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When you hear the word arachnid the first thing that usually comes to mind is spiders. While spiders do make up a large portion of arachnids, they aren’t the only members. Ticks, mites, scorpions, and harvestmen (also known as grandaddy long legs or daddy long legs) are also members of the arachnid family. Arachnids are defined as animals with 4 pairs of legs, chelicerae (which are fang-like mouthparts), and pedipalps (appendages also found near the mouth). So while they are all members of the same family, granddaddy long legs are not, in fact, spiders.
There are several key differences between granddaddy long legs and spiders. Spiders have 2 body segments (a cephalothorax and abdomen) differentiated by a narrow “waist.” Granddaddy long legs have an oval shaped body with no separation. Spiders typically have 8 eyes while granddaddy long legs have 2. Spiders produce silk and spin webs; granddaddy long legs aren’t capable of this. Spiders are also predators, using their venom to disable their prey. Granddaddy long legs are scavengers and don’t need venom to neutralize food sources.
Although they can be a little creepy looking, these pests are quite beneficial to have around. Because of their varied diet which consists of small insects, worms, snails, droppings, and fungi, granddaddy long legs help keep other pest populations under control. They are harmless to humans.
If you have a problem with granddaddy long legs or other pests, contact your local pest control company for a free evaluation.
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Daddy long legs, also known as harvestmen, belong to the arachnid family but they aren’t, in fact, spiders. They are cousins of spiders, mites, and scorpions. There are several differences between harvestmen and spiders. One of the most prominent is that harvestmen have one pair of eyes while spiders have 8 pairs of eyes. Harvestmen also cannot spin silk to make webs, so they can’t capture their food like spiders do. They have to ambush their prey instead.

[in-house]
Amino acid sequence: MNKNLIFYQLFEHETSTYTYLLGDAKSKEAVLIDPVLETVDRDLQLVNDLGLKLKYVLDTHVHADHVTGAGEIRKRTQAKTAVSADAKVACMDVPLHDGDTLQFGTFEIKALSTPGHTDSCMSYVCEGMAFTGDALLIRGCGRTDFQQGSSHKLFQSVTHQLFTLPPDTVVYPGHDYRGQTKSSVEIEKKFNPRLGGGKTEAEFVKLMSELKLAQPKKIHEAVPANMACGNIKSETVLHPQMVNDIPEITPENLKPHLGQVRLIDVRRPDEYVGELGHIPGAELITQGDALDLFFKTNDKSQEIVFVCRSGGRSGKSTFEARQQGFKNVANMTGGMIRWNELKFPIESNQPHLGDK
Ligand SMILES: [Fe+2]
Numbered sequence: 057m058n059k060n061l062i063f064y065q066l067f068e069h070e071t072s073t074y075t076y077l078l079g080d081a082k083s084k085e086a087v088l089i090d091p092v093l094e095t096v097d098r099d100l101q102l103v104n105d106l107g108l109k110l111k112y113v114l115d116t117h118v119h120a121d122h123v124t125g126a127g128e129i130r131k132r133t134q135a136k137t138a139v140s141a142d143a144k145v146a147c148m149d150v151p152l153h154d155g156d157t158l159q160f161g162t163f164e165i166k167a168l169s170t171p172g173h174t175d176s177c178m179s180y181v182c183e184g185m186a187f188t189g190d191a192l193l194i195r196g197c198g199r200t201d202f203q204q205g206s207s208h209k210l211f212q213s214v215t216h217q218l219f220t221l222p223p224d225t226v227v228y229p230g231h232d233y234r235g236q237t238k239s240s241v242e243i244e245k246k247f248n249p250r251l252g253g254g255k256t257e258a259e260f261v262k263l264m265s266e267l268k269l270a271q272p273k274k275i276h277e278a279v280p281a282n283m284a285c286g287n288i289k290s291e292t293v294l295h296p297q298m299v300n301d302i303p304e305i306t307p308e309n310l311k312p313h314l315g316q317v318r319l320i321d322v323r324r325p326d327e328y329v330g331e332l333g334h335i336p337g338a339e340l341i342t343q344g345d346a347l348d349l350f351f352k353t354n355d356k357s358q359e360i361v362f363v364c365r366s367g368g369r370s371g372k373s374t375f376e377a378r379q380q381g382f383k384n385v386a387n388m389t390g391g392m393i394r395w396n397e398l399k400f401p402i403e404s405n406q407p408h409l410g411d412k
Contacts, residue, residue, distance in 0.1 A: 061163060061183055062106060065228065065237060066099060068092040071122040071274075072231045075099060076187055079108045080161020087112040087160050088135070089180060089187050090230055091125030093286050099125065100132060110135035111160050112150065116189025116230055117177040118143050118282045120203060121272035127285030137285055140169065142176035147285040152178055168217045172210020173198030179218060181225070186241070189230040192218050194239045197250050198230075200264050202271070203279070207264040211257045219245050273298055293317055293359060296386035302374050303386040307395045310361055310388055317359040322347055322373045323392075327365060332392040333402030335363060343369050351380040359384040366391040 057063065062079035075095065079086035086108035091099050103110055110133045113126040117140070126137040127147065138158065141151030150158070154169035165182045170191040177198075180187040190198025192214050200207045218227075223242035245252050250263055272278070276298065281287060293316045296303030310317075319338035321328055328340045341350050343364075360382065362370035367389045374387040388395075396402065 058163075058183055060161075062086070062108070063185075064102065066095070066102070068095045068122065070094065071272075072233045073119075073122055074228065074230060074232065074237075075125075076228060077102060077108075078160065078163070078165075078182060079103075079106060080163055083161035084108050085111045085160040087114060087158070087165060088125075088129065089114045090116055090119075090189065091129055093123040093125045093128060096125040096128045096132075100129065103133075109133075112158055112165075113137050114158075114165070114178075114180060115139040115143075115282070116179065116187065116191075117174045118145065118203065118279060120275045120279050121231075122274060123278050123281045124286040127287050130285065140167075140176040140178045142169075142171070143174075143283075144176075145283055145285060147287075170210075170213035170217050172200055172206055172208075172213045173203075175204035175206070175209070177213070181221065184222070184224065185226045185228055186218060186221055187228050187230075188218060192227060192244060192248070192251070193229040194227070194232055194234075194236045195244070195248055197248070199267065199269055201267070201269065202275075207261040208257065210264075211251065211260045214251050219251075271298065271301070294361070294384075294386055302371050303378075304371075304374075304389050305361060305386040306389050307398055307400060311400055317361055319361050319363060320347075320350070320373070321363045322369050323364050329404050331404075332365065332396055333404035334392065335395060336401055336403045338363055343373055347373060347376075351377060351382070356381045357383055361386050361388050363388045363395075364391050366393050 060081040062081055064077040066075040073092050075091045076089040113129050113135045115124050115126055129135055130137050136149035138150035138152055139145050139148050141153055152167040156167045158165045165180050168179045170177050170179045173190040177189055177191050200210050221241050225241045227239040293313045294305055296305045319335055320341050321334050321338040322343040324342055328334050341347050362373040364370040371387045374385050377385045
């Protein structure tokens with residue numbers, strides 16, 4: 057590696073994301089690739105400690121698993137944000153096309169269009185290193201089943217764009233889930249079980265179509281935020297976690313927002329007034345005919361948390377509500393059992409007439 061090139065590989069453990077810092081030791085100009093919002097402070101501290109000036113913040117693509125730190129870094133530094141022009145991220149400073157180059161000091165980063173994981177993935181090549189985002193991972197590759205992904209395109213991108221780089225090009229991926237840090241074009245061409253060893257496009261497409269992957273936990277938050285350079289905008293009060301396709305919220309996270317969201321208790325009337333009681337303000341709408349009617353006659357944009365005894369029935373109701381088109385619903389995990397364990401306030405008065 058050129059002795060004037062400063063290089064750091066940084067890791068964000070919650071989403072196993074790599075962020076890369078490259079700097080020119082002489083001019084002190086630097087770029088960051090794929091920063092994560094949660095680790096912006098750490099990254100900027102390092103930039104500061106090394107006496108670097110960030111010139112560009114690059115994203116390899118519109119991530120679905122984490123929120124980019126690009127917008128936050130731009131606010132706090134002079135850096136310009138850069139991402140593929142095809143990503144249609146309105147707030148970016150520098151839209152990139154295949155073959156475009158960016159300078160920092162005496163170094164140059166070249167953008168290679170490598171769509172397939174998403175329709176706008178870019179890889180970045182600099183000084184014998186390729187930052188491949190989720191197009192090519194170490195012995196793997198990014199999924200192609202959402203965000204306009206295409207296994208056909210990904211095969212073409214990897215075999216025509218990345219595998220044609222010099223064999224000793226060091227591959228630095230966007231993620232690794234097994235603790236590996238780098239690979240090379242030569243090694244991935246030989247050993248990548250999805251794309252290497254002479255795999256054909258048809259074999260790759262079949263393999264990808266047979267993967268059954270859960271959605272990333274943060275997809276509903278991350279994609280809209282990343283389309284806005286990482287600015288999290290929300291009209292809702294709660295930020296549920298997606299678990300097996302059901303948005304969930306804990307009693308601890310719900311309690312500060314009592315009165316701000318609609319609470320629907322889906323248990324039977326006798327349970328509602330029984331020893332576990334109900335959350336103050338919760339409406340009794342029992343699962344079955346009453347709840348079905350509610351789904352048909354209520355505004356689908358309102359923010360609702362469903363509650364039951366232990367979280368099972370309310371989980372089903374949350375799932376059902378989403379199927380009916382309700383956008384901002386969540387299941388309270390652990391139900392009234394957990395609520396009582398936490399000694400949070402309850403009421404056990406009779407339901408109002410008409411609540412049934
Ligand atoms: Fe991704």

Daddy long legs are omnivores and mostly eat spiders, earthworms, and other insects. When their food supply is limited, however, they will scavenge for whatever they can find like dead insects, insect eggs, and even decaying plants. In fact, these creatures are considered beneficial to have around your house and garden because they eat both garden and household pests.
Harvestmen prefer dark, moist environments so they are most often found in basements, crawlspaces, and garages. They have a unique ability to escape their predators by two different means: they can detach their legs (which will continue to twitch for up to an hour after they fall off) to trick their predators and escape; and they can also secrete a foul-smelling, bad-tasting chemical to deter their attackers.
Now you’ve found a daddy long legs inside your house. Should you be worried? Are these pests poisonous? It is important to distinguish the difference between poisonous and venomous. Poisonous pests cause harm when they are touched or ingested. Venomous pests cause harm by injecting venom through a bite. Although harvestmen do have fangs (also called chelicerae), they are primarily used to grasp and chew food. These arachnids are not known to bite humans and are not considered dangerous to either the health or structure of your home.
Because harvestmen are considered beneficial pests, it’s ok to leave them be if you find them lurking around your house. If you just can’t stomach the thought of sharing your personal space with them, the best way to get rid of them is to sweep or vacuum them up. If you have a problem with any other pests, contact a professional pest control company for a thorough evaluation and pest control plan.
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The granddaddy long legs is legendary – with claims of being the “most poisonous spider in the world but their mouths are too small to bite.” Like most legends, these claims are exaggerated and aren’t based on facts. So what is the truth about these creatures? Here’s everything you need to know about the granddaddy long legs.